Friday, 10 September 2010

The Wayne Rooney Saga: There is no longer such a thing as a 'private life' for modern day sports stars

The first post I ever wrote on Polly's Pause for Sport was concerning John Terry's affair with Wayne Bridge's ex-girlfriend. Now, like then, an England player is making the headlines for non-football reasons. Wayne Rooney is the latest English footballer to have his reputation dragged into disrepute following an alleged affair he had with two prostitutes in a Manchester hotel while his wife, Coleen, was pregnant with their child, Kai.

Seven months has passed since John Terry was stripped of the England captaincy for his off-the-field antics and nothing has changed. The concept of a private or personal life is little more than a fleeting dream for the modern footballer. Only that which you can keep hidden from the press will remain private. The rest will be thrust under the public spotlight, regardless of the collateral damage it causes.

Obviously I am not condoning adulterous behaviour. I would ask the question though, why does the rest of the world need to know what an individual does in their 'private' life? If it does not impact upon them professionally then why should we allow scandals to hold such gravitas in public opinion?

While news about Rooney ought to be about his return to form, instead, the unquenchable thirst for details about the seedy events of that night in June 2009 means that this story will continue to dominate the newspapers and websites for a while yet. Personally, I do not care what Wayne Rooney, John Terry, Tiger Woods or anyone else do in their own time. They should not have to sacrifice the right to a private life simply because they play sport for a living.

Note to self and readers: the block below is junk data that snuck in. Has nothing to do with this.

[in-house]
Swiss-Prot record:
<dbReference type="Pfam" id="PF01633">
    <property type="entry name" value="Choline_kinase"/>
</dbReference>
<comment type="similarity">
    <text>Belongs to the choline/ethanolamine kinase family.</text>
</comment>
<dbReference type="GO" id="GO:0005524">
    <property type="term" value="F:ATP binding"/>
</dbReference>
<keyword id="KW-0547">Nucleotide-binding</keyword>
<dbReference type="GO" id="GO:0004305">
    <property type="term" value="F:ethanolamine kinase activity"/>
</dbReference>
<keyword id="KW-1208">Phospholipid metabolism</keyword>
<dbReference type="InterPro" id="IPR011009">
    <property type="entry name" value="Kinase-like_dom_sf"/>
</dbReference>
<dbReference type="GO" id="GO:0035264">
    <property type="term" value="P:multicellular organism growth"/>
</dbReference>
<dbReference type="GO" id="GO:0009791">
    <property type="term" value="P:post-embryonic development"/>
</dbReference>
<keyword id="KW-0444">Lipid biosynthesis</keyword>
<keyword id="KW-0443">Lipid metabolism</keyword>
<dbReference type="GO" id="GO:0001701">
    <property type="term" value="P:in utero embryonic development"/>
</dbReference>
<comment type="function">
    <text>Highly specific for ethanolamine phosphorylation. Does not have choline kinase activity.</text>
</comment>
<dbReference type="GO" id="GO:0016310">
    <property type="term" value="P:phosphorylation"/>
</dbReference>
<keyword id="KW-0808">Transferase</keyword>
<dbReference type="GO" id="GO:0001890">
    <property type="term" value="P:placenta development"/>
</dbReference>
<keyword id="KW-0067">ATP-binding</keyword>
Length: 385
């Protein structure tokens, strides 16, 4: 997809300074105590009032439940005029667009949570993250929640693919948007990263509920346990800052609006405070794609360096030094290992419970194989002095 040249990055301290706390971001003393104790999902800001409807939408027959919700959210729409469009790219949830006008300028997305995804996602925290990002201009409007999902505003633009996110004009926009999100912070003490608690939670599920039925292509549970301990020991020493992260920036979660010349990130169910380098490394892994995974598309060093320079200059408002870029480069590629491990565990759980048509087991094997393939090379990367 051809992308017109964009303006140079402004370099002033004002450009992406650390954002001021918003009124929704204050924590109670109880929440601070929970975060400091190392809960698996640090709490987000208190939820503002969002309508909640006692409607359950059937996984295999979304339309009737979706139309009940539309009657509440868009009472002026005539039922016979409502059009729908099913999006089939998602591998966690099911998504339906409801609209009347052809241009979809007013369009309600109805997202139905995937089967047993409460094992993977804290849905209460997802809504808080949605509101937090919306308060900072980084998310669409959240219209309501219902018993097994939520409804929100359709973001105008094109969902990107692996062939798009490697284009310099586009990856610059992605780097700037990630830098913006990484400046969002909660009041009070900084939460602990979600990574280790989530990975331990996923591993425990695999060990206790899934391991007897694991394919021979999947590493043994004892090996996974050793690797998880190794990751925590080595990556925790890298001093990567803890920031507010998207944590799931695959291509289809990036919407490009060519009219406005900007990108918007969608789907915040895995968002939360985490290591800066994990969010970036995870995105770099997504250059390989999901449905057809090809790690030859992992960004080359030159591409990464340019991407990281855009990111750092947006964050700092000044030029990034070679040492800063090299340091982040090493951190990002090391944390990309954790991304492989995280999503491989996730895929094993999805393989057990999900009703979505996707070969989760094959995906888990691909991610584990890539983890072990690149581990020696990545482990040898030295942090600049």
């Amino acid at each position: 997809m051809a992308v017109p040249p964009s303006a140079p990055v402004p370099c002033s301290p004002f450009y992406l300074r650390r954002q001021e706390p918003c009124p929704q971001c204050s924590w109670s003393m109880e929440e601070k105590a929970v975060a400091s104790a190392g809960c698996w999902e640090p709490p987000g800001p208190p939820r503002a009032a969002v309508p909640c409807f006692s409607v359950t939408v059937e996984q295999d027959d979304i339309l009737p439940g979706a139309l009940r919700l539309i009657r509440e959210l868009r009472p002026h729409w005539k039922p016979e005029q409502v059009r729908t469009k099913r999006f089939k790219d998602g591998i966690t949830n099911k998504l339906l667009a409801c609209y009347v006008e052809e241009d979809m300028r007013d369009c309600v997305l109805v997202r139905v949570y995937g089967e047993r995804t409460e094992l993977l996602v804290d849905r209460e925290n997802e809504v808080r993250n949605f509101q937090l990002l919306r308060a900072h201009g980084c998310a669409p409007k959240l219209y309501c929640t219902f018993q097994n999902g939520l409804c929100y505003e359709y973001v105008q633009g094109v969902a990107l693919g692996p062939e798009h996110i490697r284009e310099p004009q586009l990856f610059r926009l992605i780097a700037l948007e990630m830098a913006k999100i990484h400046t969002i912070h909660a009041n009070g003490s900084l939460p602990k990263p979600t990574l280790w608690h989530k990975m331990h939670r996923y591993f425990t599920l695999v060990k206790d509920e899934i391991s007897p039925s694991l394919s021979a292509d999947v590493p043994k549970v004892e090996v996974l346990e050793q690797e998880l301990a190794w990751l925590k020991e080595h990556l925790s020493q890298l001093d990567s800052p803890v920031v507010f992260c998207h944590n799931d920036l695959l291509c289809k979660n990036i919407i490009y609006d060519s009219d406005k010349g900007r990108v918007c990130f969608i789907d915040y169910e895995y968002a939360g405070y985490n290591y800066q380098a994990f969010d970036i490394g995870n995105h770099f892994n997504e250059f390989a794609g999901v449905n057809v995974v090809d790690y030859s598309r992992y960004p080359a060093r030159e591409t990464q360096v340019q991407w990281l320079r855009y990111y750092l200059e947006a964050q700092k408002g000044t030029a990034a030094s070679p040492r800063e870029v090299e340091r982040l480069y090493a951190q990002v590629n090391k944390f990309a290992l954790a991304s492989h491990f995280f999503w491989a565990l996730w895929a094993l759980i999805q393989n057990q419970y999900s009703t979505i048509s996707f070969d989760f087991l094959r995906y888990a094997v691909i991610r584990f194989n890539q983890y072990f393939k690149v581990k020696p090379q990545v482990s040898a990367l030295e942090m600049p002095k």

Many are quick to wag the finger and claim that people like Rooney are role models. This, although it may be true, is unfair. Role models are those in the public eye, those who people aspire to be like. They are in the public eye, of course, because they are extremely good at what they do and usually in some way controversial, not because they are shining example or how one ought to act. Is Amy Winehouse a good role model? What about Pete Doherty, Lindsay Lohan or even Kevin Pietersen? Almost certainly not.

The point I am trying to make is simple. They don't have to be role models. Judge Rooney on his football. Criticise him for his woeful World Cup performances for example, but there is no need to drag his, or indeed any other sportsmen's personal life into the public sphere. I am not naïve, though. These stories sell magazines and newspapers and thus they will always be scrutinised and plastered across the various media sources.

John Terry's affair did have an extra dimension insofar as it involved the mother to the children of an England team-mate. Capello acted decisively in February by dismissing the Chelsea defender as England captain. However, the precedent that Capello set during the John Terry saga was conveniently abandoned this week. When the news broke of Rooney's affair the national team squad were preparing for their European Championship qualifiers and the manager assured the press and fans that Rooney would play regardless.

Rooney faces a hostile trip to Goodison Park as Manchester United face Everton tomorrow lunchtime. Whether Ferguson will protect his striker from the booing mob by hiding him away is yet to be known. I hope Rooney plays so that, for ninety minutes at least, the focus can be on his football and not his private life.

Thought, comments and opinions please...

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